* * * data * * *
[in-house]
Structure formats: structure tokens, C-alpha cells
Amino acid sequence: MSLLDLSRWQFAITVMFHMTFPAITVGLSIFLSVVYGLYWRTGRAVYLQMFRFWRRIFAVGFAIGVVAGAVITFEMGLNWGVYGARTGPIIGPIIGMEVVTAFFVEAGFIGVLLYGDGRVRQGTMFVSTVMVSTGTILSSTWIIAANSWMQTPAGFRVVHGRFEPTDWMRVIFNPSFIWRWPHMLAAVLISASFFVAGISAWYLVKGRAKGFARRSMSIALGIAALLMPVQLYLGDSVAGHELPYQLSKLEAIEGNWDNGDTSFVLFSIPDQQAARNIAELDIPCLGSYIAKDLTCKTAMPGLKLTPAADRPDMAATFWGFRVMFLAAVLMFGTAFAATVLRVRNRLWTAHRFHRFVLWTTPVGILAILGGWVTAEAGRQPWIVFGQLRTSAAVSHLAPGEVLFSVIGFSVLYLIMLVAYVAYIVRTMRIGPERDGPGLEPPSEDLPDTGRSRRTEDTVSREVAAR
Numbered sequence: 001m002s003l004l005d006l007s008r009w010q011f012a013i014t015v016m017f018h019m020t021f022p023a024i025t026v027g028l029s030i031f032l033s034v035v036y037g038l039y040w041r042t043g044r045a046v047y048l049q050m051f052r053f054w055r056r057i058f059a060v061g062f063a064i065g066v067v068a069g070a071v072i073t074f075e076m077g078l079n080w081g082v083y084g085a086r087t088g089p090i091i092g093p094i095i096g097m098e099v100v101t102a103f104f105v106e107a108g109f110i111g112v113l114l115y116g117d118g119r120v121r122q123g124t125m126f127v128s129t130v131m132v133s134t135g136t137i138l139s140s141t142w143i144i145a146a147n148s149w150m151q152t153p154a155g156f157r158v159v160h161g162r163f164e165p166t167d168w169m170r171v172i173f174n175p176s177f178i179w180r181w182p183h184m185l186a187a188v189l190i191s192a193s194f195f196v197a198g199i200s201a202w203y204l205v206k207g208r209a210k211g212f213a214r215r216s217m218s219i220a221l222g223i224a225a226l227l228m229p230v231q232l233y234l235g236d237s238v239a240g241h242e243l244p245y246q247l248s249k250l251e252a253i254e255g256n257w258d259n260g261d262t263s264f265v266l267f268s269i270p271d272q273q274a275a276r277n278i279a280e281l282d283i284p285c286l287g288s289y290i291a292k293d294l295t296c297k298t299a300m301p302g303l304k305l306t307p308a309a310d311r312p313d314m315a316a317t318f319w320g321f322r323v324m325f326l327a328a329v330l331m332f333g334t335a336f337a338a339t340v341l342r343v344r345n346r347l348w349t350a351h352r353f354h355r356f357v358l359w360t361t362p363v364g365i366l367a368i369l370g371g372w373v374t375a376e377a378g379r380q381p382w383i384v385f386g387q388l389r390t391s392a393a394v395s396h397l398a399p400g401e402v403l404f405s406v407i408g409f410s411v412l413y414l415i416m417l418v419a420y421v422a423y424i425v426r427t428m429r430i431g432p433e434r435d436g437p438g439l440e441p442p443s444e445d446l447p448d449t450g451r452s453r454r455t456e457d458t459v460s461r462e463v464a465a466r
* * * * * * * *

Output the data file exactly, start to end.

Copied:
[in-house]
Structure formats: structure tokens, C-alpha cells
Amino acid sequence: MSLLDLSRWQFAITVMFHMTFPAITVGLSIFLSVVYGLYWRTGRAVYLQMFRFWRRIFAVGFAIGVVAGAVITFEMGLNWGVYGARTGPIIGPIIGMEVVTAFFVEAGFIGVLLYGDGRVRQGTMFVSTVMVSTGTILSSTWIIAANSWMQTPAGFRVVHGRFEPTDWMRVIFNPSFIWRWPHMLAAVLISASFFVAGISAWYLVKGRAKGFARRSMSIALGIAALLMPVQLYLGDSVAGHELPYQLSKLEAIEGNWDNGDTSFVLFSIPDQQAARNIAELDIPCLGSYIAKDLTCKTAMPGLKLTPAADRPDMAATFWGFRVMFLAAVLMFGTAFAATVLRVRNRLWTAHRFHRFVLWTTPVGILAILGGWVTAEAGRQPWIVFGQLRTSAAVSHLAPGEVLFSVIGFSVLYLIMLVAYVAYIVRTMRIGPERDGPGLEPPSEDLPDTGRSRRTEDTVSREVAAR
Numbered sequence: 001m002s003l004l005d006l007s008r009w010q011f012a013i014t015v016m017f018h019m020t021f022p023a024i025t026v027g028l029s030i031f032l033s034v035v036y037g038l039y040w041r042t043g044r045a046v047y048l049q050m051f052r053f054w055r056r057i058f059a060v061g062f063a064i065g066v067v068a069g070a071v072i073t074f075e076m077g078l079n080w081g082v083y084g085a086r087t088g089p090i091i092g093p094i095i096g097m098e099v100v101t102a103f104f105v106e107a108g109f110i111g112v113l114l115y116g117d118g119r120v121r122q123g124t125m126f127v128s129t130v131m132v133s134t135g136t137i138l139s140s141t142w143i144i145a146a147n148s149w150m151q152t153p154a155g156f157r158v159v160h161g162r163f164e165p166t167d168w169m170r171v172i173f174n175p176s177f178i179w180r181w182p183h184m185l186a187a188v189l190i191s192a193s194f195f196v197a198g199i200s201a202w203y204l205v206k207g208r209a210k211g212f213a214r215r216s217m218s219i220a221l222g223i224a225a226l227l228m229p230v231q232l233y234l235g236d237s238v239a240g241h242e243l244p245y246q247l248s249k250l251e252a253i254e255g256n257w258d259n260g261d262t263s264f265v266l267f268s269i270p271d272q273q274a275a276r277n278i279a280e281l282d283i284p285c286l287g288s289y290i291a292k293d294l295t296c297k298t299a300m301p302g303l304k305l306t307p308a309a310d311r312p313d314m315a316a317t318f319w320g321f322r323v324m325f326l327a328a329v330l331m332f333g334t335a336f337a338a339t340v341l342r343v344r345n346r347l348w349t350a351h352r353f354h355r356f357v358l359w360t361t362p363v364g365i366l367a368i369l370g371g372w373v374t375a376e377a378g379r380q381p382w383i384v385f386g387q388l389r390t391s392a393a394v395s396h397l398a399p400g401e402v403l404f405s406v407i408g409f410s411v412l413y414l415i416m417l418v419a420y421v422a423y424i425v426r427t428m429r430i431g432p433e434r435d436g437p438g439l440e441p442p443s444e445d446l447p448d449t450g451r452s453r454r455t456e457d458t459v460s461r462e463v464a465a466r